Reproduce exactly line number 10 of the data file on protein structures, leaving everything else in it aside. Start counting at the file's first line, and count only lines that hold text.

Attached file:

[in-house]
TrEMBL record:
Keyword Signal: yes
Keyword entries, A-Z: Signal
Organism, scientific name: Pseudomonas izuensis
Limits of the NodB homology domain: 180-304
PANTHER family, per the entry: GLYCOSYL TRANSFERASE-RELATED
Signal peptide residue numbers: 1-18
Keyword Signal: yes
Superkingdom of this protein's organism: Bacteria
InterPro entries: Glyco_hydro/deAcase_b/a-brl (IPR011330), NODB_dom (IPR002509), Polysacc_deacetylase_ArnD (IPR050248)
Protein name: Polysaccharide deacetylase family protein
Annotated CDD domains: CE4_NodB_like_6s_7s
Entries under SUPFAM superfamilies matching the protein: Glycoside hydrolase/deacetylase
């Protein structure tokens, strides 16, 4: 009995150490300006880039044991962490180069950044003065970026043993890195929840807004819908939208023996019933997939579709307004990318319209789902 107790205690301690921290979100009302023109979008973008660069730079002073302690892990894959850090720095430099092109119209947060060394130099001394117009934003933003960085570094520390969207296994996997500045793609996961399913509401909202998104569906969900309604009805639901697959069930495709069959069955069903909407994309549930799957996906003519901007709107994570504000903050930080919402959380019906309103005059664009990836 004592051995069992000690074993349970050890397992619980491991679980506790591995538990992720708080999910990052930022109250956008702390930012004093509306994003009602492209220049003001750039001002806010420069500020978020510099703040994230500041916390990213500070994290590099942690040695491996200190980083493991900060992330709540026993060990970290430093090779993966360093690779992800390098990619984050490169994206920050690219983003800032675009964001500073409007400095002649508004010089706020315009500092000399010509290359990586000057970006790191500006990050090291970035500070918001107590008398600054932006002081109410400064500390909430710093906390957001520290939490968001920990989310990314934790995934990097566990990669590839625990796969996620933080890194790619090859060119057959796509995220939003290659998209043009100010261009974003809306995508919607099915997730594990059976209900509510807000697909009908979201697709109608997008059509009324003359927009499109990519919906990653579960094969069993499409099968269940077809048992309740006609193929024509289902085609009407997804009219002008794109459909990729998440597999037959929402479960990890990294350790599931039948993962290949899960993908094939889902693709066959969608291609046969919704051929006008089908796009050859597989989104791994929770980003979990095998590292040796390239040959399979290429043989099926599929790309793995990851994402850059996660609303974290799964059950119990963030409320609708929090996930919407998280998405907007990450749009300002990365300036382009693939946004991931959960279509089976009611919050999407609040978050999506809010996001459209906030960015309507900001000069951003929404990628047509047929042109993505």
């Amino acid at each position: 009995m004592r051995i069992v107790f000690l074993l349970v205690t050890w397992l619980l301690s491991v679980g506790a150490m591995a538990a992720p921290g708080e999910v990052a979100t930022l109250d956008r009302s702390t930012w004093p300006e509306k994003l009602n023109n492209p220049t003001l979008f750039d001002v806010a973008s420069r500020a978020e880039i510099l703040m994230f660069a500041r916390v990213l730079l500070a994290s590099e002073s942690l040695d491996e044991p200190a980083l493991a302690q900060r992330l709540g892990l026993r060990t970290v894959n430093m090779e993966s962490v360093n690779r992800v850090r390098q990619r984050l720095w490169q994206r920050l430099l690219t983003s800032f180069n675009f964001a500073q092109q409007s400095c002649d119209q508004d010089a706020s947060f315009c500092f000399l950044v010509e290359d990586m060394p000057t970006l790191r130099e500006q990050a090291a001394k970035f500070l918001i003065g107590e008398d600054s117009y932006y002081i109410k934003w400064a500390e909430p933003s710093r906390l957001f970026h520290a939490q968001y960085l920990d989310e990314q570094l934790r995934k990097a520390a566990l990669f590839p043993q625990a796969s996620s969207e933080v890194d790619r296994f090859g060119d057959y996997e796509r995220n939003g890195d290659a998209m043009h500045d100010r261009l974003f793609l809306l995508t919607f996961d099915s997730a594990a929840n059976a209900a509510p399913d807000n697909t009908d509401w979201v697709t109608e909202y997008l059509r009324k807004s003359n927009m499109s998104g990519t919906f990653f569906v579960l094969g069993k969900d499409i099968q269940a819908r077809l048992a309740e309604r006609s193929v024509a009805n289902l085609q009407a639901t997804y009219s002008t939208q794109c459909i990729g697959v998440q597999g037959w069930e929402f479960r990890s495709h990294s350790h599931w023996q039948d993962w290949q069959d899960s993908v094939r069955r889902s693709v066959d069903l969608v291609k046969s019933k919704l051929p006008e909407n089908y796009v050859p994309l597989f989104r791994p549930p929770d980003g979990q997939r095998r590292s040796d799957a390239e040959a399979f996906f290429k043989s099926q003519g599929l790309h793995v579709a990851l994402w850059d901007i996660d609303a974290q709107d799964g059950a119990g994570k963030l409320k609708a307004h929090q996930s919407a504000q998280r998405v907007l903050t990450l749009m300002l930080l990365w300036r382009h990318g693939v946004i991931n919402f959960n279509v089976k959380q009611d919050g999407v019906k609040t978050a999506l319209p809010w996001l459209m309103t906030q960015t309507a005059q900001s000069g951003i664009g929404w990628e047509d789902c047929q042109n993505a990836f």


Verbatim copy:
Superkingdom of this protein's organism: Bacteria